Tag Archive | "windows rt"

Windows 10 should have a ‘disable desktop’ option.

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stream7_galleryZoom_img1For those of us that respect the flexibility of a fully functioning desktop PC in the palm of one’s hand the information, just a tweet, that Windows 10 tablet products under 8-inches will not have desktop capability is bad news. But there are advantages to using an RT-only setup on Windows.

There are few sub 8-inch tablets around that will be affected so the new restrictions won’t affect many people but take a look at the industry-focused, Core-i5 Panasonic Toughpad FZ-M1. This is a product that relies on the desktop for Win32 desktop apps. I’ve seen others industry-focused solutions at 7-inches too. As CPU sizes fall and efficiency increases we’re able to do more and more on the low-end tablet PCs. I’ve demonstrated docked solutions many times and without a desktop all that functionality and flexibility is lost. Do you really want a full-HD screen where you can’t run a full edition of the Chrome Browser. I still use Windows Live Gallery, Putty, Audacity and many of my benchmarking apps are Win32 apps. There are a large number of Win32 apps out there that are finger-focused too. Having a desktop option means having flexibility and that’s what many people enjoy about small-screen Windows tablets. But the desktop is old, boring, insecure and heavyweight. Isn’t it time to turn it off on consumer touch tablets or to, at least, having the option?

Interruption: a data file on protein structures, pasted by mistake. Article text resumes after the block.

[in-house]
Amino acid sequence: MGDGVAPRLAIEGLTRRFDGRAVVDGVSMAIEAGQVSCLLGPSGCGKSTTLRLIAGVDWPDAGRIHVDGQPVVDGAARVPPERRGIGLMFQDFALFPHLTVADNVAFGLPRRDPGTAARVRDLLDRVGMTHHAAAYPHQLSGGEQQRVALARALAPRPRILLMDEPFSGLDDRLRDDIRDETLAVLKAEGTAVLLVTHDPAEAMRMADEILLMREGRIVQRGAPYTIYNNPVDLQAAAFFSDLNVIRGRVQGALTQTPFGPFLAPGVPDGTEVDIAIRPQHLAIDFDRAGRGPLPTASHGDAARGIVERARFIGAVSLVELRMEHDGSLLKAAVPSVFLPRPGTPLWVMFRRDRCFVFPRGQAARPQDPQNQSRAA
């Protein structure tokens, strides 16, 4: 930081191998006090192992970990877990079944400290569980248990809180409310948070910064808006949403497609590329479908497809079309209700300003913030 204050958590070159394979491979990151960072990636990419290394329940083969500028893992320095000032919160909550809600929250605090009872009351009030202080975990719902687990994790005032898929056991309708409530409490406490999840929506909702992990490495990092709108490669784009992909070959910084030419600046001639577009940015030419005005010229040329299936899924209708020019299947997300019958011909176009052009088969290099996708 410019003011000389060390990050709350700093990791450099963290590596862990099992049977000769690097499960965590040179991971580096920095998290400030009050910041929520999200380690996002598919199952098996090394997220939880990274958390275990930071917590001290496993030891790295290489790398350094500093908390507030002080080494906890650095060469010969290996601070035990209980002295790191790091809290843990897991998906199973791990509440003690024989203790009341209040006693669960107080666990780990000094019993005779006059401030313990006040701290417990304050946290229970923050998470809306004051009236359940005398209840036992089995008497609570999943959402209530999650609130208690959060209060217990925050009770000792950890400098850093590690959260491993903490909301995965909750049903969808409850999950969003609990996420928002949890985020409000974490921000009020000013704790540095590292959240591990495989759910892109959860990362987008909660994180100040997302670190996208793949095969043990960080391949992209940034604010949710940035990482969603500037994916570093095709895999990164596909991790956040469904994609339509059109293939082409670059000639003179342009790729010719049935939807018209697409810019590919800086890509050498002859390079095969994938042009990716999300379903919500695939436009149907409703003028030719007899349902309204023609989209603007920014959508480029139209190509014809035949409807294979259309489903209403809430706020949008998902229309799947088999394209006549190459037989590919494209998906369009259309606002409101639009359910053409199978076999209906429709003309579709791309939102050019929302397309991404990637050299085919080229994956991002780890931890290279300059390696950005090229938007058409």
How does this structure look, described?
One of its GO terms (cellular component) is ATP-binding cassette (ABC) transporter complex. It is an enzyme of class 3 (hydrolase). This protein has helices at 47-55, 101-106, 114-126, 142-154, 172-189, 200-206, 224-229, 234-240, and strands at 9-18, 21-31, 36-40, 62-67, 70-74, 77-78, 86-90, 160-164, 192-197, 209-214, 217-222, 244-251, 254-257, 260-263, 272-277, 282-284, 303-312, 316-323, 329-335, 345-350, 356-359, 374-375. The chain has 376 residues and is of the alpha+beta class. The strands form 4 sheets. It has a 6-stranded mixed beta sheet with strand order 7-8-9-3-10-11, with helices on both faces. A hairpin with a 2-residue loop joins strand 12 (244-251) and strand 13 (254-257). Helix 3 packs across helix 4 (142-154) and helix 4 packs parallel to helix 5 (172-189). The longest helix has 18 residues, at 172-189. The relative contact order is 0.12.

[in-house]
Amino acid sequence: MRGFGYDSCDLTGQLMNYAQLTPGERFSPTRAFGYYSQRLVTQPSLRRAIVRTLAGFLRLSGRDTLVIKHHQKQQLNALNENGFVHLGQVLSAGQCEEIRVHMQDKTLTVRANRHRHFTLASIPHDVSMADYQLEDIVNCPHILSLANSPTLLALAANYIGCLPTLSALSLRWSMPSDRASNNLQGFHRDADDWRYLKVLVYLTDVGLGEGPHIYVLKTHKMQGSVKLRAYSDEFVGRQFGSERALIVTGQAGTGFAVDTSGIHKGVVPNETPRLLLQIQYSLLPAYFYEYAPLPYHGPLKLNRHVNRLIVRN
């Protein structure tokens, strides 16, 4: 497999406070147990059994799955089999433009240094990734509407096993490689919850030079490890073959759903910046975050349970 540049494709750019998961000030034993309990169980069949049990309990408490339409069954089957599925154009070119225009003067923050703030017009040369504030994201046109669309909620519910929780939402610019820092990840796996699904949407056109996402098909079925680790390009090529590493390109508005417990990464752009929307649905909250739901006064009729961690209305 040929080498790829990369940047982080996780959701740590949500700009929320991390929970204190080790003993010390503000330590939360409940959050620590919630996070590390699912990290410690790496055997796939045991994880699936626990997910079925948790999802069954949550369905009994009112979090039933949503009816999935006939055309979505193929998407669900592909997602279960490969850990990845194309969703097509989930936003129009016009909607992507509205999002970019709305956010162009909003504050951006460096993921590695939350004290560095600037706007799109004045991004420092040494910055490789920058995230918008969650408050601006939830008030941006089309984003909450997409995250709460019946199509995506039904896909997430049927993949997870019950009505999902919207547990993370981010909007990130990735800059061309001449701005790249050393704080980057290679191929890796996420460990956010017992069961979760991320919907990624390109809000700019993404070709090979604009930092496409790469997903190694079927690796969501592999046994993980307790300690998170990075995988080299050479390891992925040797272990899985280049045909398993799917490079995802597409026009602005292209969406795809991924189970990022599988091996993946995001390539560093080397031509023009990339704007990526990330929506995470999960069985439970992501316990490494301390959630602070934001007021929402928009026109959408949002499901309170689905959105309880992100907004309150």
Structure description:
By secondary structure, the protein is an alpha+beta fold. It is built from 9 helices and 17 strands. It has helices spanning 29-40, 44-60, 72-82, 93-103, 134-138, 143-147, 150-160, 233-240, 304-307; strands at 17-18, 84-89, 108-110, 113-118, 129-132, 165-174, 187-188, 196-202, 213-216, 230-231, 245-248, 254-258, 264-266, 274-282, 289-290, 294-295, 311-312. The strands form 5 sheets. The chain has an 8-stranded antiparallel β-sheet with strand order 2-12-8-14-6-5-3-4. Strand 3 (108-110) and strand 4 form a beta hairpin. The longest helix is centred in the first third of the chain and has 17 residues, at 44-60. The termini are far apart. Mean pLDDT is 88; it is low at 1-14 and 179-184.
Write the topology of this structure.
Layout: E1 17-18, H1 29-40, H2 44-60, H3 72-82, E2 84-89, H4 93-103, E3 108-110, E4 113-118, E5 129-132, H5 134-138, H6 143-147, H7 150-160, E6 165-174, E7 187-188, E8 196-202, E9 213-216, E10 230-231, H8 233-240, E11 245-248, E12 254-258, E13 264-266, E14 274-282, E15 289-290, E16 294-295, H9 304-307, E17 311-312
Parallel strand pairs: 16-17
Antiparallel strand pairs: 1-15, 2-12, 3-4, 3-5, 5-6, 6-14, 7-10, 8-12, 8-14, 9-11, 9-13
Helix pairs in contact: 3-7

In essence, RT on X86 (via a disabled desktop) is not a bad thing. By reducing Windows to the ‘RT hypervisor’ means that you get a more efficient and more secure environment without the shock of an unusable touch-desktop and desktop settings screen. ‘RT’ mode would be great for 8-inch and 10-inch tablets with 1GB too as it frees up RAM and reduces hardware requirements.  There’s even a case for disabling the desktop in larger devices. As 12.5 and 13.3-inch devices get smaller and lighter there’s a growing market for big-screen readers. Windows desktop the OS can be smaller meaning that the mainboard requirements (and cost and size) fall for these consumer-centric devices.  The old issue of having a restricted choice of Modern applications is falling away and will get a big boost from the new set of ‘RT’ apps that Microsoft will introduce in Windows 10. Office is a good example.

Update: As suggested in the comments, if you support this option, go to Uservoice and add your vote. Here.

Of course the best option would be to have a choice, at least for desktop-class processors. This is the option that those devices need:

start